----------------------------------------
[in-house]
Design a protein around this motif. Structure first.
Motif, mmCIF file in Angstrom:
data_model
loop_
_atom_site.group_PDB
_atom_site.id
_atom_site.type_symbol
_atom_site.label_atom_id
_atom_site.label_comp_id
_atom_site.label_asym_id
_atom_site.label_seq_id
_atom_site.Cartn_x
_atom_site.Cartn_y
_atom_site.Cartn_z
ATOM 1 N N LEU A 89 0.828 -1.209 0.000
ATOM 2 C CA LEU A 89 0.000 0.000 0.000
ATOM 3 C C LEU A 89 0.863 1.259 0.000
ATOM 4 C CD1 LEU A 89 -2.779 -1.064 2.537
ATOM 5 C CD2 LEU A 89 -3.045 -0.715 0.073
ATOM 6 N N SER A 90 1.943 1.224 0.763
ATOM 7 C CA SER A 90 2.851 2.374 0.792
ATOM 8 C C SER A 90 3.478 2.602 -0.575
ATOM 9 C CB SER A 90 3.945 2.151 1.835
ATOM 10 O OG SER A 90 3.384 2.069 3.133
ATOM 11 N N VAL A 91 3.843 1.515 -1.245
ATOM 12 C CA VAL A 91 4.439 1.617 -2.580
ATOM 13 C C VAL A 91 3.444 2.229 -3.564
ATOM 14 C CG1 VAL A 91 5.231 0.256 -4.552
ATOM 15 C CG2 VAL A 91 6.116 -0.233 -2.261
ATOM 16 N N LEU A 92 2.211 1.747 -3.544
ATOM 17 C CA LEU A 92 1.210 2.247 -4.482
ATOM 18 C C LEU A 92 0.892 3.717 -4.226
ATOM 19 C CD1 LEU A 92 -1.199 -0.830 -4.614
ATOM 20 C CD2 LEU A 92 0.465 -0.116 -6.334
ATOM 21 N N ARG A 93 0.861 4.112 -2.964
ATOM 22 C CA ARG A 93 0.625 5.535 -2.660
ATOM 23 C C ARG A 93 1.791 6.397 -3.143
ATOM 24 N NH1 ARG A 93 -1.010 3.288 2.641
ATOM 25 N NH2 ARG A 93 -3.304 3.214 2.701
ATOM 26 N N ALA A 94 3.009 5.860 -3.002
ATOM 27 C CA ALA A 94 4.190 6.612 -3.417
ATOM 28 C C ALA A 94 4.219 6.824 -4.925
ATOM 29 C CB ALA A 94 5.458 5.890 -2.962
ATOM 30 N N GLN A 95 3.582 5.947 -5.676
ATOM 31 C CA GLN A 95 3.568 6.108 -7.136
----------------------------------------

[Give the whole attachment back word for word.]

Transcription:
[in-house]
Design a protein around this motif. Structure first.
Motif, mmCIF file in Angstrom:
data_model
loop_
_atom_site.group_PDB
_atom_site.id
_atom_site.type_symbol
_atom_site.label_atom_id
_atom_site.label_comp_id
_atom_site.label_asym_id
_atom_site.label_seq_id
_atom_site.Cartn_x
_atom_site.Cartn_y
_atom_site.Cartn_z
ATOM 1 N N LEU A 89 0.828 -1.209 0.000
ATOM 2 C CA LEU A 89 0.000 0.000 0.000
ATOM 3 C C LEU A 89 0.863 1.259 0.000
ATOM 4 C CD1 LEU A 89 -2.779 -1.064 2.537
ATOM 5 C CD2 LEU A 89 -3.045 -0.715 0.073
ATOM 6 N N SER A 90 1.943 1.224 0.763
ATOM 7 C CA SER A 90 2.851 2.374 0.792
ATOM 8 C C SER A 90 3.478 2.602 -0.575
ATOM 9 C CB SER A 90 3.945 2.151 1.835
ATOM 10 O OG SER A 90 3.384 2.069 3.133
ATOM 11 N N VAL A 91 3.843 1.515 -1.245
ATOM 12 C CA VAL A 91 4.439 1.617 -2.580
ATOM 13 C C VAL A 91 3.444 2.229 -3.564
ATOM 14 C CG1 VAL A 91 5.231 0.256 -4.552
ATOM 15 C CG2 VAL A 91 6.116 -0.233 -2.261
ATOM 16 N N LEU A 92 2.211 1.747 -3.544
ATOM 17 C CA LEU A 92 1.210 2.247 -4.482
ATOM 18 C C LEU A 92 0.892 3.717 -4.226
ATOM 19 C CD1 LEU A 92 -1.199 -0.830 -4.614
ATOM 20 C CD2 LEU A 92 0.465 -0.116 -6.334
ATOM 21 N N ARG A 93 0.861 4.112 -2.964
ATOM 22 C CA ARG A 93 0.625 5.535 -2.660
ATOM 23 C C ARG A 93 1.791 6.397 -3.143
ATOM 24 N NH1 ARG A 93 -1.010 3.288 2.641
ATOM 25 N NH2 ARG A 93 -3.304 3.214 2.701
ATOM 26 N N ALA A 94 3.009 5.860 -3.002
ATOM 27 C CA ALA A 94 4.190 6.612 -3.417
ATOM 28 C C ALA A 94 4.219 6.824 -4.925
ATOM 29 C CB ALA A 94 5.458 5.890 -2.962
ATOM 30 N N GLN A 95 3.582 5.947 -5.676
ATOM 31 C CA GLN A 95 3.568 6.108 -7.136